So what are the benefits of regular exercise?

Just some of the many benefits of exercise include:

  • Lower blood glucose, blood pressure and cholesterol levels
  • A better night's sleep
  • Stronger bones
  • Less stress - putting you in a happier mood
  • Feeling fitter - climbing the stairs will feel easier
  • Getting stronger - carrying the groceries in from the car won’t feel so tiring
  • Better balance - feel steadier on your feet.
More information:
  • Document: (0.03 mb) Physical activity and type 2 diabetes Download

How much exercise is right for me?

The recommended amount of exercise for you will depend on your level of fitness and any other health conditions you may have.

Before you start, discuss any big changes to your routine with your diabetes team to ensure you are exercising safely.

The Australian Guidelines for Physical Activity provide recommendations for the type of regular exercise that benefits our health. These recommendations suggest that Australian adults:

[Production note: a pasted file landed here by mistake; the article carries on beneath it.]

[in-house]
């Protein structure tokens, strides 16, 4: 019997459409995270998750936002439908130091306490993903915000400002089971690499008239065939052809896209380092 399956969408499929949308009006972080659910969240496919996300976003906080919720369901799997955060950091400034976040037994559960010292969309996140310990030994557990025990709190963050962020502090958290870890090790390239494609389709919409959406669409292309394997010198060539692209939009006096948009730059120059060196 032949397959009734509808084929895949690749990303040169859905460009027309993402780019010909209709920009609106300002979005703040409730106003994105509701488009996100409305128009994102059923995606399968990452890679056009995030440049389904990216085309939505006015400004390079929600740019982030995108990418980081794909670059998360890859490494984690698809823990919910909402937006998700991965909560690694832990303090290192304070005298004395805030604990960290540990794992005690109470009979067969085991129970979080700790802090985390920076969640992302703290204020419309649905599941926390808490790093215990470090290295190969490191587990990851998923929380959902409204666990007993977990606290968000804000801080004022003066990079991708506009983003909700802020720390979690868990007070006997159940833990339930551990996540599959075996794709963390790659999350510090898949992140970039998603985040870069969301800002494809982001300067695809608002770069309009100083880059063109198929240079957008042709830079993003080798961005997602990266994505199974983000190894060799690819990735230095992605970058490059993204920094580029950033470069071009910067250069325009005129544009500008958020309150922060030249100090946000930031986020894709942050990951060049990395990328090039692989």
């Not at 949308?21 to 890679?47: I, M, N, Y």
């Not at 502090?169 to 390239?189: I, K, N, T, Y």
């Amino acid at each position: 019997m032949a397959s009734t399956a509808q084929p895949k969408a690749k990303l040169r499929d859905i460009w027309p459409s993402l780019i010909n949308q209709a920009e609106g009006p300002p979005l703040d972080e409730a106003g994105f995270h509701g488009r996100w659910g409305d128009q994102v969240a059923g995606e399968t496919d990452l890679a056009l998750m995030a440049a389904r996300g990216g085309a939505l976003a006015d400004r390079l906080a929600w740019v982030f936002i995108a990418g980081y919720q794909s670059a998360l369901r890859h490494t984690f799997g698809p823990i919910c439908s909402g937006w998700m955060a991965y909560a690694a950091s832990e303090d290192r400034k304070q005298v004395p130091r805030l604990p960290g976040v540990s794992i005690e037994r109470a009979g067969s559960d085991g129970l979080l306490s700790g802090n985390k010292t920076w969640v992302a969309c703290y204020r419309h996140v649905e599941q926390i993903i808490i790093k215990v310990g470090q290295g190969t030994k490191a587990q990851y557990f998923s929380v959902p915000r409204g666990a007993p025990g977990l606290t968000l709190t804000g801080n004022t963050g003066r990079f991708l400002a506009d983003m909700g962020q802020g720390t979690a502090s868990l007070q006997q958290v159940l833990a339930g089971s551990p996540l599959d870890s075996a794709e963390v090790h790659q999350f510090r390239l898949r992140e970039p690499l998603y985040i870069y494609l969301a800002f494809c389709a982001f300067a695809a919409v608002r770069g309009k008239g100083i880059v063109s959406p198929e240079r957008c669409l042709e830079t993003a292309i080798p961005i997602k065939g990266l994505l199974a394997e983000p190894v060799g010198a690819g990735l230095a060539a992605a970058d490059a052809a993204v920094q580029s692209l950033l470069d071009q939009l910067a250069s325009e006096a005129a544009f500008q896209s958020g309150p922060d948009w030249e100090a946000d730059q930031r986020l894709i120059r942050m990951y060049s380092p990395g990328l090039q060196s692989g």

Start Small

Step 1

Doing any physical activity is better than doing none. If you are new to exercise, start off by doing small sessions of your chosen activity. Just 10 minutes is enough to gain benefits. Gradually, as your fitness improves, increase this to 30-60 minutes. If you can't fit long exercise sessions into your day, break your activity up into 10 minute blocks.

Move more

Step 2

Adults are recommended be active on most, preferably all, days every week. Exercise done consistently throughout the week helps us to gain even more benefits especially for people living with diabetes. Regular exercise helps to improve the body's ability to use glucose for energy. Research shows this effect only lasts for 24-72 hours though, so we need to do it regularly!